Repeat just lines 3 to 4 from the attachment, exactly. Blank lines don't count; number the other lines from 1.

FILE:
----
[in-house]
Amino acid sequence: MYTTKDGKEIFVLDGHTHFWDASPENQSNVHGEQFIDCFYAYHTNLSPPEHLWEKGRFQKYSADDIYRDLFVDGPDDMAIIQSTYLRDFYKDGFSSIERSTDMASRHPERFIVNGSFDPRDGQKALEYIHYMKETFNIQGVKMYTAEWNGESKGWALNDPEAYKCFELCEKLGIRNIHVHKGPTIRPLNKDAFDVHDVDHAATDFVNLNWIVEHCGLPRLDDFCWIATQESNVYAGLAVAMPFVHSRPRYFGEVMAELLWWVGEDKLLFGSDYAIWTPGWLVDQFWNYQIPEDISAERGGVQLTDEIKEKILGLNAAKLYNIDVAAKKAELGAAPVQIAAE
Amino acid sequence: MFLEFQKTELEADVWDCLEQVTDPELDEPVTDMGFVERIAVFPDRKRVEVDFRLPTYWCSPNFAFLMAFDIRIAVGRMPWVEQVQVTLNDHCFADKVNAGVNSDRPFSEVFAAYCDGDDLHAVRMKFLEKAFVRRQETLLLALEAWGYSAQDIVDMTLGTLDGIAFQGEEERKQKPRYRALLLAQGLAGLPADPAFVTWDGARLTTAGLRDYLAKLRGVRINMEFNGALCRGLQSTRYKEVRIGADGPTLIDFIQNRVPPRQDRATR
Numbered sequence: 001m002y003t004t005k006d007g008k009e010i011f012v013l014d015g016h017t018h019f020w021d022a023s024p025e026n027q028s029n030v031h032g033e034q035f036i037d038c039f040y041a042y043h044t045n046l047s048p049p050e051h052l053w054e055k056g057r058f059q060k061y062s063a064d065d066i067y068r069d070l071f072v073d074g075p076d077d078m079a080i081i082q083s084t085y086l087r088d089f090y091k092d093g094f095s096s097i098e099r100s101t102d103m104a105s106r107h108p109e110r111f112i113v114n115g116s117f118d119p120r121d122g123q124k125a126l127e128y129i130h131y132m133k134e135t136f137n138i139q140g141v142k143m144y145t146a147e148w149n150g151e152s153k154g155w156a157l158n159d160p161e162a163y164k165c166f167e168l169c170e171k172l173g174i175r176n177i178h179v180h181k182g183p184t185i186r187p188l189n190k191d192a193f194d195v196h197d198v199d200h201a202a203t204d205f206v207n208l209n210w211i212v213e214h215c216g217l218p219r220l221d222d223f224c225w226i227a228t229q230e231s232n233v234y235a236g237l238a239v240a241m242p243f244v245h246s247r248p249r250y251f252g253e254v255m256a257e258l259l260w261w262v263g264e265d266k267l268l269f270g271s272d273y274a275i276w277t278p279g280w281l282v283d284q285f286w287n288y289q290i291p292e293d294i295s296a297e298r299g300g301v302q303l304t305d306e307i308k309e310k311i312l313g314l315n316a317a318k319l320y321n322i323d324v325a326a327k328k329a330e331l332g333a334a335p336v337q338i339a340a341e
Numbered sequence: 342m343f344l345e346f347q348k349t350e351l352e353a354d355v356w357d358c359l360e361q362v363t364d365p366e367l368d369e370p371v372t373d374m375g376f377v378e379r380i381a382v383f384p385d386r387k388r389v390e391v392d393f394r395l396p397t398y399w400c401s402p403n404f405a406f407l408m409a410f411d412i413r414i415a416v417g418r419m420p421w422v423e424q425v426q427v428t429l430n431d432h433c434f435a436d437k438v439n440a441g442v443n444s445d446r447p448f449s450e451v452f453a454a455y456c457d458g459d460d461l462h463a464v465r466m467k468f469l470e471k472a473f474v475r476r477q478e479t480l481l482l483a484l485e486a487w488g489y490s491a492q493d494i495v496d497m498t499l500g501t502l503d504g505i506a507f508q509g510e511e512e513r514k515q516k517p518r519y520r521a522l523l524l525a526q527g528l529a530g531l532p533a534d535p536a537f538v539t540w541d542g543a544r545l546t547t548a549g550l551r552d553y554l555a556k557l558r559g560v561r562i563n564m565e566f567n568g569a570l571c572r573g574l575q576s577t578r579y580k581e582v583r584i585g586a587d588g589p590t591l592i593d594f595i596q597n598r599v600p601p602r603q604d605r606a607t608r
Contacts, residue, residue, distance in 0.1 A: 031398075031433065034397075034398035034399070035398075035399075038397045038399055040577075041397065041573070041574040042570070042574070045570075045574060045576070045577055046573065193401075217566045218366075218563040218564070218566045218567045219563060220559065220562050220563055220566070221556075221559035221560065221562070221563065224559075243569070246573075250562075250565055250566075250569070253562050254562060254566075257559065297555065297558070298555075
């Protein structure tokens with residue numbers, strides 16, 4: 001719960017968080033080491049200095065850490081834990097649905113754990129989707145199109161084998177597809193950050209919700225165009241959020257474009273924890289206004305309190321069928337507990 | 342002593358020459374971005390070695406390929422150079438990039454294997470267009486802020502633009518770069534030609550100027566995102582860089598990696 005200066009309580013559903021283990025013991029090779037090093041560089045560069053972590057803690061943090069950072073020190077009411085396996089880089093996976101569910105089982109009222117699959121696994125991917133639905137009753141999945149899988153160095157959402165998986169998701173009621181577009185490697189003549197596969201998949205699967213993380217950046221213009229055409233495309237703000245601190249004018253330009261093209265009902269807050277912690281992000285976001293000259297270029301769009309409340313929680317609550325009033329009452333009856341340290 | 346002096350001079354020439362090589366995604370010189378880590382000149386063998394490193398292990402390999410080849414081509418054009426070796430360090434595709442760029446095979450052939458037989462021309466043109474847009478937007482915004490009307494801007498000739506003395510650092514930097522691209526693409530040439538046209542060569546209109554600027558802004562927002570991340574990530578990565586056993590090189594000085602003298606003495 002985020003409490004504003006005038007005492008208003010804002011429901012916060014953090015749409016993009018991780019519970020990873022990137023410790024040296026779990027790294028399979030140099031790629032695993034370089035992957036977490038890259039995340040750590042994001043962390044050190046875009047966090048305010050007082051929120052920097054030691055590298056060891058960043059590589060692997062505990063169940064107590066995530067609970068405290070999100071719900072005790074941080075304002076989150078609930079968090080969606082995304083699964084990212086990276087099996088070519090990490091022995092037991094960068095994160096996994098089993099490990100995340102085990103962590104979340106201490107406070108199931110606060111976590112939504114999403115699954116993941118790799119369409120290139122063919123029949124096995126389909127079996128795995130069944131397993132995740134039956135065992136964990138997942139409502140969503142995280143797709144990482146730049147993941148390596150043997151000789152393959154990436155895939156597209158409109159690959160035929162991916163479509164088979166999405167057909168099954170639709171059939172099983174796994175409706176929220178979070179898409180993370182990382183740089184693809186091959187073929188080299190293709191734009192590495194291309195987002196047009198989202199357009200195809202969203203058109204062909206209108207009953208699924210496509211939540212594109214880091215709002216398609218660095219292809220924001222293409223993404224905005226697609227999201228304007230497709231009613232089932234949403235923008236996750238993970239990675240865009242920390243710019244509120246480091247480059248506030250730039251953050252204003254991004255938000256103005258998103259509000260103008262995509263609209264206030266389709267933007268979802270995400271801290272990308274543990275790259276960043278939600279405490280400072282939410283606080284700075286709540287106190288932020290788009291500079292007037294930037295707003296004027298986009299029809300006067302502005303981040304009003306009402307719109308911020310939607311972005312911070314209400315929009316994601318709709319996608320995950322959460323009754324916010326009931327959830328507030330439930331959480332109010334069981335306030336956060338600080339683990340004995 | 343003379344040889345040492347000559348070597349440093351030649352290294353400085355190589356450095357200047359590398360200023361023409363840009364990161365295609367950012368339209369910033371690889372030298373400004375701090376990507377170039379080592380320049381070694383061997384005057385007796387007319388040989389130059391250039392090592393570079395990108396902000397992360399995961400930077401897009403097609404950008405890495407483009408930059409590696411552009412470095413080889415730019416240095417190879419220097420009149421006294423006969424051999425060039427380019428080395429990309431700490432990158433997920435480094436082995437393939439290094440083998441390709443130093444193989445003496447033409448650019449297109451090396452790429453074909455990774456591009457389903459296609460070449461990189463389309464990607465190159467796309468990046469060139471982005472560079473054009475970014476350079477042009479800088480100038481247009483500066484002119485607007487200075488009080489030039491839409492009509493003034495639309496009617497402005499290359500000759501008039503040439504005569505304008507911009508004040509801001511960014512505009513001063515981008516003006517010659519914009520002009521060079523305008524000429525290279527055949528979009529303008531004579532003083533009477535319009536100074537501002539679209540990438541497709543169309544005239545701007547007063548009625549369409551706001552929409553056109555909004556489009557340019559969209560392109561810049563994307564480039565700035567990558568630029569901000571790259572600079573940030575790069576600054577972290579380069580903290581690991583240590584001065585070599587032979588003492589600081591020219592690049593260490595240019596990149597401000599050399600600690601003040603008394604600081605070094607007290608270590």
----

Amino acid sequence: MFLEFQKTELEADVWDCLEQVTDPELDEPVTDMGFVERIAVFPDRKRVEVDFRLPTYWCSPNFAFLMAFDIRIAVGRMPWVEQVQVTLNDHCFADKVNAGVNSDRPFSEVFAAYCDGDDLHAVRMKFLEKAFVRRQETLLLALEAWGYSAQDIVDMTLGTLDGIAFQGEEERKQKPRYRALLLAQGLAGLPADPAFVTWDGARLTTAGLRDYLAKLRGVRINMEFNGALCRGLQSTRYKEVRIGADGPTLIDFIQNRVPPRQDRATR
Numbered sequence: 001m002y003t004t005k006d007g008k009e010i011f012v013l014d015g016h017t018h019f020w021d022a023s024p025e026n027q028s029n030v031h032g033e034q035f036i037d038c039f040y041a042y043h044t045n046l047s048p049p050e051h052l053w054e055k056g057r058f059q060k061y062s063a064d065d066i067y068r069d070l071f072v073d074g075p076d077d078m079a080i081i082q083s084t085y086l087r088d089f090y091k092d093g094f095s096s097i098e099r100s101t102d103m104a105s106r107h108p109e110r111f112i113v114n115g116s117f118d119p120r121d122g123q124k125a126l127e128y129i130h131y132m133k134e135t136f137n138i139q140g141v142k143m144y145t146a147e148w149n150g151e152s153k154g155w156a157l158n159d160p161e162a163y164k165c166f167e168l169c170e171k172l173g174i175r176n177i178h179v180h181k182g183p184t185i186r187p188l189n190k191d192a193f194d195v196h197d198v199d200h201a202a203t204d205f206v207n208l209n210w211i212v213e214h215c216g217l218p219r220l221d222d223f224c225w226i227a228t229q230e231s232n233v234y235a236g237l238a239v240a241m242p243f244v245h246s247r248p249r250y251f252g253e254v255m256a257e258l259l260w261w262v263g264e265d266k267l268l269f270g271s272d273y274a275i276w277t278p279g280w281l282v283d284q285f286w287n288y289q290i291p292e293d294i295s296a297e298r299g300g301v302q303l304t305d306e307i308k309e310k311i312l313g314l315n316a317a318k319l320y321n322i323d324v325a326a327k328k329a330e331l332g333a334a335p336v337q338i339a340a341e